The year is 2050 or 2060, and as climate change progresses, extreme weather is getting worse. If you live in the U.S., you might be tempted to move to another city or state—but where should you go?

By midcentury, the number of massive wildfires in California could increase by 50%. The sea level along parts of the Florida coast might rise as much as 34 inches; throughout the coastal U.S., sea-level rise could put hundreds of thousands of homes at risk from chronic flooding. Colorado could face severe droughts and lose millions from the ski industry. Michigan will face more extreme heat, droughts, and flooding. South Carolina, like many states, is likely to face a steep increase in the number of dangerously hot days each year, along with the risk of more intense hurricanes, flooding, and wildfires.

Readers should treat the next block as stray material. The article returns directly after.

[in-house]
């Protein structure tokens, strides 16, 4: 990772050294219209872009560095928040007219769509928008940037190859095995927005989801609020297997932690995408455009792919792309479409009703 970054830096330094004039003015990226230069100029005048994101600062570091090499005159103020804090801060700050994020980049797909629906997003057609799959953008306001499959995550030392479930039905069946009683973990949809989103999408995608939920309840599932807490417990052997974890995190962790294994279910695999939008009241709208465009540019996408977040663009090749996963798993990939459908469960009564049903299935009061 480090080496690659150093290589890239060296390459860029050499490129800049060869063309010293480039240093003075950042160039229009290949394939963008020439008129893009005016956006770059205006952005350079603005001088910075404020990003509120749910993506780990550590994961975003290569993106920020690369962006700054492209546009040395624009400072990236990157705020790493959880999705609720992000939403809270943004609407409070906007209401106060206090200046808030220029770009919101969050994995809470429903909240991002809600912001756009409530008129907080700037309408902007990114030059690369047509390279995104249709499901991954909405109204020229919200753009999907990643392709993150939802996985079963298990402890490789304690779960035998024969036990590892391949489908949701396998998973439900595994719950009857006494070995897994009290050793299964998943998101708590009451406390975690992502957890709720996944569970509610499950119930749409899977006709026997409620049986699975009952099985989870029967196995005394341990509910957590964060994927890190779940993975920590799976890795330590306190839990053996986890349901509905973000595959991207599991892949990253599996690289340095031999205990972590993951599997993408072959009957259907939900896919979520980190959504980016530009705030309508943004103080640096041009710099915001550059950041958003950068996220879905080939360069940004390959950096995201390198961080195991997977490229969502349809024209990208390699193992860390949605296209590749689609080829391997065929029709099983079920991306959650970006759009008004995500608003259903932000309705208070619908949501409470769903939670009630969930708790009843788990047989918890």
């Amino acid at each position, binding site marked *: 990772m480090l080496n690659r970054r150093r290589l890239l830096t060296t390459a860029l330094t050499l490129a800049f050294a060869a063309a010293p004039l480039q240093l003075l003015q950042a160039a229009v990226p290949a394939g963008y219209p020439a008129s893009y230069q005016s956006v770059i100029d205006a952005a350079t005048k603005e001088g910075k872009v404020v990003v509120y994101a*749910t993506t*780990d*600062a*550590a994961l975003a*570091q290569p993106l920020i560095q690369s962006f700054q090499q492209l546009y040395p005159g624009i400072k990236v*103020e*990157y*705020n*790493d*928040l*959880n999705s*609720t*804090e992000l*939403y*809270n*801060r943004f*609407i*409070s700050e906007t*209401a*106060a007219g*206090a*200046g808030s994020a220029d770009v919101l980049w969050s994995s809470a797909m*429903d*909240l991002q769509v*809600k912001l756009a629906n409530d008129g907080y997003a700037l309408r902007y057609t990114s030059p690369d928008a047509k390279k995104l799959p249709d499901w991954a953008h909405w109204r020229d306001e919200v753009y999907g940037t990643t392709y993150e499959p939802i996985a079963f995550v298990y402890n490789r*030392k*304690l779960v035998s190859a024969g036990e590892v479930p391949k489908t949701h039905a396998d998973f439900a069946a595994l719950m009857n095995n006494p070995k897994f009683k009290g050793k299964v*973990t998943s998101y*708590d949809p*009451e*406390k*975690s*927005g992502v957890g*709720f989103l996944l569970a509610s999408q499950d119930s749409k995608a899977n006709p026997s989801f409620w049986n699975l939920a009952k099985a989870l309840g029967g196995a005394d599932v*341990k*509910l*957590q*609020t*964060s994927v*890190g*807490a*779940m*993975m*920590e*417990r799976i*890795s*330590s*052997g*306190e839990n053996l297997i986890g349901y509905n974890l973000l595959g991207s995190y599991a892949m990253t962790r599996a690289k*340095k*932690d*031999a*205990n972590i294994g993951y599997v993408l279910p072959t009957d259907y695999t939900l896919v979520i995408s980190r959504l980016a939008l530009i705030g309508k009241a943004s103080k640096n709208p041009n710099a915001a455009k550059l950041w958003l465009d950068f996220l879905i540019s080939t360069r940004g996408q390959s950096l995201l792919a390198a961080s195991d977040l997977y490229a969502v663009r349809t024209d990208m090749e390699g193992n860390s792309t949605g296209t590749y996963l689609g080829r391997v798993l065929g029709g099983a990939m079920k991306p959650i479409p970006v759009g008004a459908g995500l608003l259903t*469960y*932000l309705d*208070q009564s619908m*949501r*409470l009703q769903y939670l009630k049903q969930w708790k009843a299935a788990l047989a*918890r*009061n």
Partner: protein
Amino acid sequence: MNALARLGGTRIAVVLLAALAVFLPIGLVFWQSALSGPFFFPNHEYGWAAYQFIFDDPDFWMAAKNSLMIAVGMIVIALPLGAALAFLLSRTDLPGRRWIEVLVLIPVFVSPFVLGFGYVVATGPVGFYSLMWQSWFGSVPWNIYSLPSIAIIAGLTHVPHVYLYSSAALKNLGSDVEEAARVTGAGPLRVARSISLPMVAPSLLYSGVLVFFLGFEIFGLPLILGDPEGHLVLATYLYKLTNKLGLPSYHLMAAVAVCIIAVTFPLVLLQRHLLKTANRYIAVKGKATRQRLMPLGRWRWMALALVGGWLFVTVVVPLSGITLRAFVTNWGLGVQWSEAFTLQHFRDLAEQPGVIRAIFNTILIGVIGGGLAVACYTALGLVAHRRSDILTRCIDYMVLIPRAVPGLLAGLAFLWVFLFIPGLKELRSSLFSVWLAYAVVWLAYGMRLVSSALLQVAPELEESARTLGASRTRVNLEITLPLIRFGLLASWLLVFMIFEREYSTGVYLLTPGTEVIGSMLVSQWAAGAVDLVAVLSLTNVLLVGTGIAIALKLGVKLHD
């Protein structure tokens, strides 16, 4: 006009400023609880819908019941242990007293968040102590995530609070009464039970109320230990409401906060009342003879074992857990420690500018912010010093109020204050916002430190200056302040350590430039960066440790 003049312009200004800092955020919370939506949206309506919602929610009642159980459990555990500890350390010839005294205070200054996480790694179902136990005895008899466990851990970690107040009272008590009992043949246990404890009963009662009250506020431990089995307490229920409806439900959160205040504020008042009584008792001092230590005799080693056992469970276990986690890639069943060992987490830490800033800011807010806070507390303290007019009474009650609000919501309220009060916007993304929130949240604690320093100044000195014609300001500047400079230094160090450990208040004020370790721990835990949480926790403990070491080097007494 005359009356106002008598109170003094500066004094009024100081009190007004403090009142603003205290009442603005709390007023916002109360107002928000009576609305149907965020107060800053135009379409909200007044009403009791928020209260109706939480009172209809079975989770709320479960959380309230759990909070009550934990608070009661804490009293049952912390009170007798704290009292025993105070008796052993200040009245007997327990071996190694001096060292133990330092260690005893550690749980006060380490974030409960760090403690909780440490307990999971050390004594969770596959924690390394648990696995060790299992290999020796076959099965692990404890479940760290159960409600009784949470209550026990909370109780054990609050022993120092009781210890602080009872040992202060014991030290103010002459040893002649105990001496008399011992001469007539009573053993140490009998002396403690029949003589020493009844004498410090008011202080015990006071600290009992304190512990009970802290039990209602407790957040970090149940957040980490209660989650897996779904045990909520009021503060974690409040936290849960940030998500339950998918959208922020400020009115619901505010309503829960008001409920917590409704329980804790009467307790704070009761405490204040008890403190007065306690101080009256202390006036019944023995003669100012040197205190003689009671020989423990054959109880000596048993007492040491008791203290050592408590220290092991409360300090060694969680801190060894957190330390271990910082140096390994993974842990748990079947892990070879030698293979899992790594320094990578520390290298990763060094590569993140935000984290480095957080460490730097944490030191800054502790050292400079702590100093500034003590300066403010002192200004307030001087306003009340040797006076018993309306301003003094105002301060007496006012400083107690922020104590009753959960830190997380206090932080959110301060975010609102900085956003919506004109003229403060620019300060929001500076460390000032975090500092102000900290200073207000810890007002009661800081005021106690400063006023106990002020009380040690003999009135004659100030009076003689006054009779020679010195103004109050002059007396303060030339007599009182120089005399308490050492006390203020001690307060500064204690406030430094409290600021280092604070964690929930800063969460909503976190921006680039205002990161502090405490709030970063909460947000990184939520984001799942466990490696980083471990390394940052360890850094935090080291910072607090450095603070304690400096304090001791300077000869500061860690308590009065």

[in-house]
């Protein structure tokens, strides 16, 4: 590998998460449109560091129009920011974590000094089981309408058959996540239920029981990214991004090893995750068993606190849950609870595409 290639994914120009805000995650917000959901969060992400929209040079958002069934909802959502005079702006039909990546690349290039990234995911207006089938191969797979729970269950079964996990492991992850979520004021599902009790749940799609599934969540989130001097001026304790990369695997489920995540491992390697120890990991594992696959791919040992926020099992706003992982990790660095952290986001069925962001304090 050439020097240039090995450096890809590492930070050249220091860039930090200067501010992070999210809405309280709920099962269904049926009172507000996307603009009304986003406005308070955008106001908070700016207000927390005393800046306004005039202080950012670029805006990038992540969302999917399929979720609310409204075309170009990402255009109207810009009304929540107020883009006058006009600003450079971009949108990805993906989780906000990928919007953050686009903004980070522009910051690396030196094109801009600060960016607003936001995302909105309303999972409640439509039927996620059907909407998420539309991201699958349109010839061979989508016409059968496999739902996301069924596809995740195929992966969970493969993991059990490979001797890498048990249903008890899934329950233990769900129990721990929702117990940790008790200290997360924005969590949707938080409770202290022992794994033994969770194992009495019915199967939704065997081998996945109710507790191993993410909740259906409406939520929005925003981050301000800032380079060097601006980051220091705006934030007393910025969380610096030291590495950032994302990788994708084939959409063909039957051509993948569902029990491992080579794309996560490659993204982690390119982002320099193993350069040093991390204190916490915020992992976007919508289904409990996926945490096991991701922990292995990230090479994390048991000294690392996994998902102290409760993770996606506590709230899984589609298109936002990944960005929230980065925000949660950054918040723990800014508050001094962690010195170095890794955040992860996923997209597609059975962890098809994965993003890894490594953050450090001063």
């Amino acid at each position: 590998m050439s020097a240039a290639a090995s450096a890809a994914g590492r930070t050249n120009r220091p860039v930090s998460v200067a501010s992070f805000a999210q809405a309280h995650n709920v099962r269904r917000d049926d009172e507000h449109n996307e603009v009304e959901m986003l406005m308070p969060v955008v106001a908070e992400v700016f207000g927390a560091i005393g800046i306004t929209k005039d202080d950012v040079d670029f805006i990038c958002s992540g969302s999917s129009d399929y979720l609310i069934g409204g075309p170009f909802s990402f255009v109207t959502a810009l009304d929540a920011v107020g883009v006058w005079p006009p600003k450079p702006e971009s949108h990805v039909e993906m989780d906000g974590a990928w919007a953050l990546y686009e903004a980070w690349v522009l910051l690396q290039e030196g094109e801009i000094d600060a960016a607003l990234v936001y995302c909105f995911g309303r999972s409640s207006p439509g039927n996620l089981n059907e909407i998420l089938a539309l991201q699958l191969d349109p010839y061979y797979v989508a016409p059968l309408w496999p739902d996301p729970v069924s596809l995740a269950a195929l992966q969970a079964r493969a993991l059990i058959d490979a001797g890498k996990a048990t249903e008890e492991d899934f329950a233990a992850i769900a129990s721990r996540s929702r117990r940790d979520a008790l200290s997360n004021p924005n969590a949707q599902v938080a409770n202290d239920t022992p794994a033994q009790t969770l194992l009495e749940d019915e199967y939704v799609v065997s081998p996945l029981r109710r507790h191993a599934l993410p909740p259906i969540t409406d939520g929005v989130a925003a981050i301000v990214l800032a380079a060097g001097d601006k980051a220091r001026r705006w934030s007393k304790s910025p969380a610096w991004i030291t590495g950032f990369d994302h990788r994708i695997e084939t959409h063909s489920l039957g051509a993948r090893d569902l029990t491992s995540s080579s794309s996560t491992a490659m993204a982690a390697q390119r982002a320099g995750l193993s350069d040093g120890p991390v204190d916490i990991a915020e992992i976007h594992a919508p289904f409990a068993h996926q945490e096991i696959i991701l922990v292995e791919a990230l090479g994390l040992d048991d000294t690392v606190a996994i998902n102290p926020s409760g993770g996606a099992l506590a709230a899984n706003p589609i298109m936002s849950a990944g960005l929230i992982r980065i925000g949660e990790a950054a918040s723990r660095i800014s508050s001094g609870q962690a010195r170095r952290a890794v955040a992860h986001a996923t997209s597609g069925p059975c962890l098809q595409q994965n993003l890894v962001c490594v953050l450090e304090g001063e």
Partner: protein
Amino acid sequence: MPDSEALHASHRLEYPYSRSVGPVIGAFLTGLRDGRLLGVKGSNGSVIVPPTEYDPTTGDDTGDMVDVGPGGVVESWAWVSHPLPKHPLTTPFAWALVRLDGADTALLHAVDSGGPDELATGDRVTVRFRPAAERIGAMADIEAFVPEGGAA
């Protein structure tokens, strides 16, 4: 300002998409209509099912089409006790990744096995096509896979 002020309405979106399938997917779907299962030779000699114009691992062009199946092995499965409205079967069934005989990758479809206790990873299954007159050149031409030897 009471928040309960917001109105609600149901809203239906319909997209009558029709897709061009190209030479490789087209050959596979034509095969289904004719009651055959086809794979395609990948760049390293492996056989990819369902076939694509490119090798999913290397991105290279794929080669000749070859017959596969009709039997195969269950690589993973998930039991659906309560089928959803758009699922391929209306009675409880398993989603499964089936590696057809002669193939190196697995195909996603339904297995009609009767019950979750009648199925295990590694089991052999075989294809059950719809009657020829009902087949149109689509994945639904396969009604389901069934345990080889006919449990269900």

Many of the impacts, of course, are already happening now—and in the wake of some recent disasters, people are already starting to move. “I don’t think we should worry about the future; we should be terrified about the present,” says Camilo Mora, a researcher at the University of Hawaii at Manoa who led a study that examined 3,000 scientific papers about climate impacts, identifying 467 separate impacts that humans are already experiencing, from deadly heat waves to food insecurity, the spread of disease, and infrastructure damage. (The study found, unsurprisingly, that these impacts will continue to get worse, and will be particularly terrible if emissions continue on their current path.) We looked at a few of the biggest risks across the country to see if any areas may fare slightly better than others.

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